The so-called “personhood amendment” that aims to criminalize abortion by granting rights to unborn fetuses, was rejected by the voters of Mississippi with more than 55% against according to official results.
The vote has pressed the heated issue of abortion to the frontline ahead of the 2012 general elections. Initiative 26 would have recognized embryos in the Bible Belt as “people with full rights and protection under the law” including making abortion illegal and forbidding certain forms of birth control measures, according to AFP — an amendment which would even override cases of rape, incest and medical situations where the pregnant woman would be at risk.
The organization behind the legislation, Personhood USA, is based in Colorado and have been pushing for their initiative to be on the 2012 ballot for Florida, Montana, Ohio, Nevada and California, wrote NPR.org. One of the co-founders, Keith Mason, commented on the groups failure on Tuesday: “ It’s not because the people are not pro-life. It’s because Planned Parenthood put a lot of misconceptions and lies in front of folks and created a lot of confusion.”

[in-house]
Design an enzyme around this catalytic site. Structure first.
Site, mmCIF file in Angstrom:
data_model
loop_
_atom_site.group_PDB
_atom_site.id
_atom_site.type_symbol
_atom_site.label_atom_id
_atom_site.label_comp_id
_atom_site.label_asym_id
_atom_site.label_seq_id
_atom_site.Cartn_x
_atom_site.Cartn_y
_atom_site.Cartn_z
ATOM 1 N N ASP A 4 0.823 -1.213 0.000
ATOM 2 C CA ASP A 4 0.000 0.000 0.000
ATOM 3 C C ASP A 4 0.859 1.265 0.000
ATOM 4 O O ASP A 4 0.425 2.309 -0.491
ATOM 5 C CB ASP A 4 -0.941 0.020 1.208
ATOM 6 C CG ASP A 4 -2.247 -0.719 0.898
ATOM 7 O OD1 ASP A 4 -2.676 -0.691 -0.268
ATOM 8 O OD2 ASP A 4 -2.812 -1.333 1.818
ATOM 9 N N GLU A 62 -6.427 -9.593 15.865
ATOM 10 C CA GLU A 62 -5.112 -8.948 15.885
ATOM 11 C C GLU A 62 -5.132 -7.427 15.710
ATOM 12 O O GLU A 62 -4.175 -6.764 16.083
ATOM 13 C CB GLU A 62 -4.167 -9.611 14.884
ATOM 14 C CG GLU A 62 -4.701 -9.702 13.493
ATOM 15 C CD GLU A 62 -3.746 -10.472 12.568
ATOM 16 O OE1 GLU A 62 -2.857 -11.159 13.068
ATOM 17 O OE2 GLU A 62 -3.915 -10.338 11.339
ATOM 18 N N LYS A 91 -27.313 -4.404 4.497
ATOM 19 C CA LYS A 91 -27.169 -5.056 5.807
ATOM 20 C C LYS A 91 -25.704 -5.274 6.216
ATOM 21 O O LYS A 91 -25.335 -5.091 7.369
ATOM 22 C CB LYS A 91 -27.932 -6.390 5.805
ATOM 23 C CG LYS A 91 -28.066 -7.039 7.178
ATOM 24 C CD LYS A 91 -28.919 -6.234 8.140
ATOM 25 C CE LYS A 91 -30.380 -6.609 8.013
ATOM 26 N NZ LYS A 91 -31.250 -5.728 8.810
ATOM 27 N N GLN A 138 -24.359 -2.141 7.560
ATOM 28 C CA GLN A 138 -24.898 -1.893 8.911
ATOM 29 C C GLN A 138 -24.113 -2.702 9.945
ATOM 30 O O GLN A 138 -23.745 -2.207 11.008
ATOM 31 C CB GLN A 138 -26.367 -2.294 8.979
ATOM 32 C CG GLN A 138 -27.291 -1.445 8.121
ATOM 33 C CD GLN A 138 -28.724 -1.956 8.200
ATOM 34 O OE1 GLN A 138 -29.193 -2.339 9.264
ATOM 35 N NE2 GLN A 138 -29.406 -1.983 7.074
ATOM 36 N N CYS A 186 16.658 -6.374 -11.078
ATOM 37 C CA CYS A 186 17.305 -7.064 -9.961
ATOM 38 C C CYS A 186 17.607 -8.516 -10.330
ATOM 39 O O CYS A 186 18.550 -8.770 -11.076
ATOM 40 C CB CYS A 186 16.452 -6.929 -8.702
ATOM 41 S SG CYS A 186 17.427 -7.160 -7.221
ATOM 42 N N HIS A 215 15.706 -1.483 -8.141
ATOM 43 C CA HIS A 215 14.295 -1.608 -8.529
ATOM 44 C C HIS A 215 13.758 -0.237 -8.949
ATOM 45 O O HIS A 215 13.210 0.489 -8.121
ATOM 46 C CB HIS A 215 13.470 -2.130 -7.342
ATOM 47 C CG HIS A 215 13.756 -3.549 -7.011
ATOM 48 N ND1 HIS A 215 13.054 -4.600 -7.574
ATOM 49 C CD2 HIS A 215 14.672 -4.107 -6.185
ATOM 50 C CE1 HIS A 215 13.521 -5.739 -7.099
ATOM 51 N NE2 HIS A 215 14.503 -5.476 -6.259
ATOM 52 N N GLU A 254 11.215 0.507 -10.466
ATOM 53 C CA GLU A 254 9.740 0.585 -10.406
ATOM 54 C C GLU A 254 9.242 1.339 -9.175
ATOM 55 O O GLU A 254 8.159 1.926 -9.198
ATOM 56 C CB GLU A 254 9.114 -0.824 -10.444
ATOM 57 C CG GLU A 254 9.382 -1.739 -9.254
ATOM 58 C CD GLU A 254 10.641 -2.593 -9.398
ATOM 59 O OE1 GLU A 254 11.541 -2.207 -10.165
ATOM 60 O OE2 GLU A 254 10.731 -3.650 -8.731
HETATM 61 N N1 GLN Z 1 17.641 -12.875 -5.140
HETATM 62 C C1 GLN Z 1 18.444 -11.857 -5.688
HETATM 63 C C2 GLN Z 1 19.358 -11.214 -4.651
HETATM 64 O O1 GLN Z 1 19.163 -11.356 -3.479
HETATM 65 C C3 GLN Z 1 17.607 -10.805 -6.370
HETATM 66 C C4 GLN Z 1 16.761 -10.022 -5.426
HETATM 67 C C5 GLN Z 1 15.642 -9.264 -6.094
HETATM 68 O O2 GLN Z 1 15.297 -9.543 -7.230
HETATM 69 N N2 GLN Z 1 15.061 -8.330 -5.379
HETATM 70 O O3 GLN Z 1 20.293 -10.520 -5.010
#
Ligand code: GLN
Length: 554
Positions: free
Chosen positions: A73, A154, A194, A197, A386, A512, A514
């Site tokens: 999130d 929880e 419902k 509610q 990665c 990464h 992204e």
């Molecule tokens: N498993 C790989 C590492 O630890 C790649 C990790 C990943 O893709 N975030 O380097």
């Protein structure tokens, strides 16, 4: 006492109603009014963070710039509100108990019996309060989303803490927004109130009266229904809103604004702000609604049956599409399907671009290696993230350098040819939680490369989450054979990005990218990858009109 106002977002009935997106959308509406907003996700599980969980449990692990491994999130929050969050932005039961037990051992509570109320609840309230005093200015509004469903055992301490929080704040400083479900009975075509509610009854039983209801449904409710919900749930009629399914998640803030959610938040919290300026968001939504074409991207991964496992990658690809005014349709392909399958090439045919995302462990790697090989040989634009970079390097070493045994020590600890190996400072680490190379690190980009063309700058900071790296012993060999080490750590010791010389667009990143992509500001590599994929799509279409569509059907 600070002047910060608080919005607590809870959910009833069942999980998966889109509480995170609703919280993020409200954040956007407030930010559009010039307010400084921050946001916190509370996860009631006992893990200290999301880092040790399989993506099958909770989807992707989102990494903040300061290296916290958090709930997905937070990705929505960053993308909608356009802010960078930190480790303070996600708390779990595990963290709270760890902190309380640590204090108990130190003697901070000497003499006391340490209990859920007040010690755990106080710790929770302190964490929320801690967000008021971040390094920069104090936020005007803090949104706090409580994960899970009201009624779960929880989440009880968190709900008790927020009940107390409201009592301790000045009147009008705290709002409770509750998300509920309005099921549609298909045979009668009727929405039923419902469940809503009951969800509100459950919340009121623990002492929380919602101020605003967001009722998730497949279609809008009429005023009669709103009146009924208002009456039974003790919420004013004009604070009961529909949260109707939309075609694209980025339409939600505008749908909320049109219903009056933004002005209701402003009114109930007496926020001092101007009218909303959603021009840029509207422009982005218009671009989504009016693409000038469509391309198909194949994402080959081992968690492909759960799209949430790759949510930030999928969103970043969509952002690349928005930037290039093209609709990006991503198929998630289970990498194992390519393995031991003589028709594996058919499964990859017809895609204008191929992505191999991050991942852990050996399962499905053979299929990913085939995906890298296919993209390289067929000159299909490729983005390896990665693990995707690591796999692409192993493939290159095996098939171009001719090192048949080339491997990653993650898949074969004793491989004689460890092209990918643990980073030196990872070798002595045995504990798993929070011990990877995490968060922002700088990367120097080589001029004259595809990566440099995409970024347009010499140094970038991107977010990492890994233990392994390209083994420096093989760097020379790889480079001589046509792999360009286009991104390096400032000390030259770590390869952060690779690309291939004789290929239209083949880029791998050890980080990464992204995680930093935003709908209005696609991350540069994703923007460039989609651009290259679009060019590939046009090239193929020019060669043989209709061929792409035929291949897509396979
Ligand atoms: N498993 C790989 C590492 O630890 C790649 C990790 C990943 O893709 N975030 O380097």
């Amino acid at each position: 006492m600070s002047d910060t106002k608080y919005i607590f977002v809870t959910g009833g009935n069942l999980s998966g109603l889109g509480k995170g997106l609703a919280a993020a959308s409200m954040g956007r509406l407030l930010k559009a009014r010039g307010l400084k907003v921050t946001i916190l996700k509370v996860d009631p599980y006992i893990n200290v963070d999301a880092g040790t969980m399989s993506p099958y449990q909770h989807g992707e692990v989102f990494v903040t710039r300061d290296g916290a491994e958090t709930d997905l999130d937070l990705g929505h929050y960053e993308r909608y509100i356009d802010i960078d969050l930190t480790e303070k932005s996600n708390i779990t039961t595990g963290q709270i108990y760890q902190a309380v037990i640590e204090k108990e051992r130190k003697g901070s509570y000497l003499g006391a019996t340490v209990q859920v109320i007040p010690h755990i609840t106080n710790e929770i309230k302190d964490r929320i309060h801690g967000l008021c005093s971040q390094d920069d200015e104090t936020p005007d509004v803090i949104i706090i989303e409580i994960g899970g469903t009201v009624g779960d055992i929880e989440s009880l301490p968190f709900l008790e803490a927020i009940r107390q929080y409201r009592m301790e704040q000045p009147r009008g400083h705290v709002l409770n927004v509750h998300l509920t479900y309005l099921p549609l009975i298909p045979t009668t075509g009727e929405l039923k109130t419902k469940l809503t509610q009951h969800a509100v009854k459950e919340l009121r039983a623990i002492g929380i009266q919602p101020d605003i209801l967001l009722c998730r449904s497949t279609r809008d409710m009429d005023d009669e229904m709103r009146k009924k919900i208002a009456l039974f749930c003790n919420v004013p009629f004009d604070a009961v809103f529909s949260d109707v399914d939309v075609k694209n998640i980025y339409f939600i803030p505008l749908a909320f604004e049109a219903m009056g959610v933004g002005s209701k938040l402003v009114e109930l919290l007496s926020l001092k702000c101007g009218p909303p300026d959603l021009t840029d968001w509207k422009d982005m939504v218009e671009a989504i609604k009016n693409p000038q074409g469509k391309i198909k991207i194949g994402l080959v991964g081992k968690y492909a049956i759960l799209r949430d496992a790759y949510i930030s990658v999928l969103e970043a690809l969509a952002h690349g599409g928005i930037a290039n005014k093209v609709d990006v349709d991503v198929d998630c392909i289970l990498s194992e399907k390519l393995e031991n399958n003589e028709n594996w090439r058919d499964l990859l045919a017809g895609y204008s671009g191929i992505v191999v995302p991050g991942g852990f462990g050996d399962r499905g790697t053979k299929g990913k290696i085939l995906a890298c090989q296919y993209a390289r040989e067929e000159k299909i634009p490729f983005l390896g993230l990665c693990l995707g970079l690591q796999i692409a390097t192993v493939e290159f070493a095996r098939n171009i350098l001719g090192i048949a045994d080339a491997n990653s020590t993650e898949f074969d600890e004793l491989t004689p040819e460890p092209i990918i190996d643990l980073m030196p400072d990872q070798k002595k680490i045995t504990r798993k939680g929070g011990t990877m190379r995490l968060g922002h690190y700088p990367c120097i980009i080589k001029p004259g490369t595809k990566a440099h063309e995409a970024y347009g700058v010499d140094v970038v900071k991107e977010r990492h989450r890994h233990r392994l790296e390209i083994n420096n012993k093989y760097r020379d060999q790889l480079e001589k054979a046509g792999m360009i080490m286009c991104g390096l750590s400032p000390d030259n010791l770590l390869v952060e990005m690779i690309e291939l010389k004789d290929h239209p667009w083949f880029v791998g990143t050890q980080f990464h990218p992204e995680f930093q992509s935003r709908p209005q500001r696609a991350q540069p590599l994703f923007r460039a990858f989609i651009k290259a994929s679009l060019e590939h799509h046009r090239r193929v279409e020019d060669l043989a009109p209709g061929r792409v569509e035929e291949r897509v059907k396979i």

Meanwhile, the president and CEO of the Center for Reproductive Rights, Nancy Northup has called ’26’ an “extreme, dangerous and direct assault” on abortion rights. AFP reports that the right to terminate an unwanted pregnancy has been law in the US since the 1973 case of Roe v. Wade.
One supporter, Regina Madison, told reporters outside the Jackson polling station “This is the first step for a national fight: abortion would not be legal in this country.”
In a statement by Planned Parenthood Federation of America, they said:
Mississippi voters rejected the so-called ‘personhood’ amendment because they understood it is government gone too far, and would have allowed government to have control over personal decisions that should be left up to a woman, her family, her doctor and her faith, including keeping a woman with a life-threatening pregnancy from getting the care she needs, and criminalizing everything from abortion to common forms of birth control such as the pill and the IUD.
Felicia Brown-Williams from the Mississippi for Healthy Families Campaign told the CNN, “I think voters rejected a measure they understood to be dangerous [...] They really tried to manipulate values around faith and family.”
Despite the rejection, the supporters of Personhood USA are adamant to continue their cause. “We accomplished our mission to be a voice for the voiceless who have no one else speaking for them,” said Mason to CNN. “I want to make a commitment that we will stand with Mississippi until all humans are treated as persons.”